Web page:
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A round-up of recently released vinyl records by D.C.-based labels and bands

Mingering Mike & The Big D: “There’s Nothing Wrong With You Baby Pts. 1&2” The first ever vinyl release from enigmatic D.C. soul musician/artist Mingering Mike. Originally put to tape by Mike and his cousin, Big D, in a bedroom, “There’s Nothing Wrong With You Baby” is about as raw as you can get. The rhythm track is an afro pick slapped against a phone book. But the song’s soulful message—encouraging a young girl to be unique—rings through. Packaging comes as originally designed by Mike, way back in 1969. All proceeds benefit Mingering Mike. A hot debut, to be sure.

Trans Am: What Day Is It Tonight? Yeah, you took them for granted when they lived here, but now Trans Am has blown out of D.C. and taken it’s vocoder with it. Were they joking all of the time, or only some of the time? It’s hard to tell with instrumental rock music. Whatever the case, you can’t see them play live every other weekend anymore, so this double live record should make a meaningful memento. The live take on Red Line‘s slow response slams. Expertly written liner notes tell the brutal truth about post-rock living. Thrill Jockey’s website says the vinyl is sold out, but there might still be some copies drifting around the local record stores. Available digitally via the Thrill Jockey website.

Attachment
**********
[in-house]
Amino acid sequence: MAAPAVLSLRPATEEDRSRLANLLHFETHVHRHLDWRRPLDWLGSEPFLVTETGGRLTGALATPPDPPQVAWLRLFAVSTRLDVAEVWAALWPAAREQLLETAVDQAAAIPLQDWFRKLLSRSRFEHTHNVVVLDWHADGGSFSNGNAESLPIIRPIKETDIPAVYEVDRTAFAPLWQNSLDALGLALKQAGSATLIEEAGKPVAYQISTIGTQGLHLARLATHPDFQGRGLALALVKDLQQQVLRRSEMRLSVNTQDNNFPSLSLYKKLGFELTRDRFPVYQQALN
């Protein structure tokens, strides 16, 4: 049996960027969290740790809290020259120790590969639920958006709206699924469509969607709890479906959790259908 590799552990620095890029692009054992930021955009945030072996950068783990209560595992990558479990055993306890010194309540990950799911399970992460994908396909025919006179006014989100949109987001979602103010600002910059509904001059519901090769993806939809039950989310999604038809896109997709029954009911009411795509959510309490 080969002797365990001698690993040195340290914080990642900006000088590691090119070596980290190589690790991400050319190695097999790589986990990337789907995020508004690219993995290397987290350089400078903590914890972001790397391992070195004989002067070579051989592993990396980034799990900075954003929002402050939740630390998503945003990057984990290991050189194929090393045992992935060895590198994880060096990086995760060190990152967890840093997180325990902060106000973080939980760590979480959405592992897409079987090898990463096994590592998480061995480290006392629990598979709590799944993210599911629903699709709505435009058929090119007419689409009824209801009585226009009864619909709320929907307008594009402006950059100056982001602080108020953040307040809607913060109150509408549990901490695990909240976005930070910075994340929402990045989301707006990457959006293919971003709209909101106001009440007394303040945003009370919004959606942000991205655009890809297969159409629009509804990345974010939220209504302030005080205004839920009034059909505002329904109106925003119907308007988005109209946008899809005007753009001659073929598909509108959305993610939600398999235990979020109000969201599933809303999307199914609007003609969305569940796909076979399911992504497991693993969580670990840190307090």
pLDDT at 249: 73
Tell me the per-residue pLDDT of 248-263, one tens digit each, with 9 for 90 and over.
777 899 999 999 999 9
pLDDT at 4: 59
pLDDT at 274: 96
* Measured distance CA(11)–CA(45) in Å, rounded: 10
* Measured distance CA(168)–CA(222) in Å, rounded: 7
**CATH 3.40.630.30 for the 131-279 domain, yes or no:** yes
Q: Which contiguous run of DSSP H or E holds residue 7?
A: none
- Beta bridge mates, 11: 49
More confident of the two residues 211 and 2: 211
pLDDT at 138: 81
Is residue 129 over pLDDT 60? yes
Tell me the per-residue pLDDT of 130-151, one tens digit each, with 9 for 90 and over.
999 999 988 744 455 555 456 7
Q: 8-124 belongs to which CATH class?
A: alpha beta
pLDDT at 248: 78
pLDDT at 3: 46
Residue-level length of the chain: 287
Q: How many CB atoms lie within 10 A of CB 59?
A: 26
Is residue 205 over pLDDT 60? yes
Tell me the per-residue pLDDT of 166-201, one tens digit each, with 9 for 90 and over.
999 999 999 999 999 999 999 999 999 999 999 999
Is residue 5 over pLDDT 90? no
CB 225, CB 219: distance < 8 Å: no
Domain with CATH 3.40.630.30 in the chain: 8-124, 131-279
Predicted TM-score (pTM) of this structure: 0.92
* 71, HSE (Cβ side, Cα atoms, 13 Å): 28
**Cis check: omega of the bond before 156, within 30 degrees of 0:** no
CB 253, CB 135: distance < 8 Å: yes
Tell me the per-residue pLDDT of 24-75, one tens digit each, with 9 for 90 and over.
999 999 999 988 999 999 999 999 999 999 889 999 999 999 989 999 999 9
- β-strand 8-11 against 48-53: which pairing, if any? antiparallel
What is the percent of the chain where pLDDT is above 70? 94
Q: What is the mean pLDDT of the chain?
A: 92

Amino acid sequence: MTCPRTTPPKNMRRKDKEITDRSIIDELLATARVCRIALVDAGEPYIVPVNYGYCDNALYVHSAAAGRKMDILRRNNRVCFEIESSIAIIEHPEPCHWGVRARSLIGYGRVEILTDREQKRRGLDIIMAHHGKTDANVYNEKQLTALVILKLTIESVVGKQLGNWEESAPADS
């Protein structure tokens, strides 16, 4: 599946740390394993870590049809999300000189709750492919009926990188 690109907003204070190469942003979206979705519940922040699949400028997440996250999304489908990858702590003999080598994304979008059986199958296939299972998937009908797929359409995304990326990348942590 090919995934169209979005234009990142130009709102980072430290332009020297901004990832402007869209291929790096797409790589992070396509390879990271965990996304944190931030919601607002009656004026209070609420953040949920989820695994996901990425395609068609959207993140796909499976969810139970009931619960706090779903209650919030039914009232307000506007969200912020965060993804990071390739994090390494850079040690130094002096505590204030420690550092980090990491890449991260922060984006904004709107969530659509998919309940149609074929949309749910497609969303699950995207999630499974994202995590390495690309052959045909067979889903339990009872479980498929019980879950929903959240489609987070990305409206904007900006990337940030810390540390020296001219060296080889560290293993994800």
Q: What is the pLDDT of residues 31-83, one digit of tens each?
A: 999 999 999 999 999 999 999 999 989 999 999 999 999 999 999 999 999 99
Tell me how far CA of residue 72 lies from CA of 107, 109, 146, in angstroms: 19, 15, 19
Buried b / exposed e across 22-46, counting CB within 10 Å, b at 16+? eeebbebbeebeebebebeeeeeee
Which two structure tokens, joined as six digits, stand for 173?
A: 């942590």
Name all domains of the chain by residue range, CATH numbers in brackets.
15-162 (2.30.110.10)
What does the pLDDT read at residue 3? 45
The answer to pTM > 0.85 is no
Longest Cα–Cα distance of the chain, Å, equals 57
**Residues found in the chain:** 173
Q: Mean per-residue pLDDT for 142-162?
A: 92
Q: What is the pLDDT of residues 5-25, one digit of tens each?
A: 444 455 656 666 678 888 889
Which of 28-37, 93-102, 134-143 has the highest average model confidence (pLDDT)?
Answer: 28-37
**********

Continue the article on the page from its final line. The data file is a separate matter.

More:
Casper Bangs: “The Other Half” b/w “Queen of Hearts” District-based striver Rob Pierangeli presses the best two songs from his debut EP to wax. “Queen of Hearts” pairs dreamy new romantic-vibes with an extended shoegaze space-out. The flip is darker and harder—noise guitar squalls and a tight bass-breakdown buoy tales of bartender suffering. On white vinyl in a white jacket with a braille logo. Decadent, for sure.

Felt Letters: “600,000 Bands” b/w “Lone Wolf-No Cub” Ian Svenonius, Brendan Canty, and Tom Bunnell team up to deliver the most important musical statement of the last decade. Further details in last week’s “One Track Mind” article.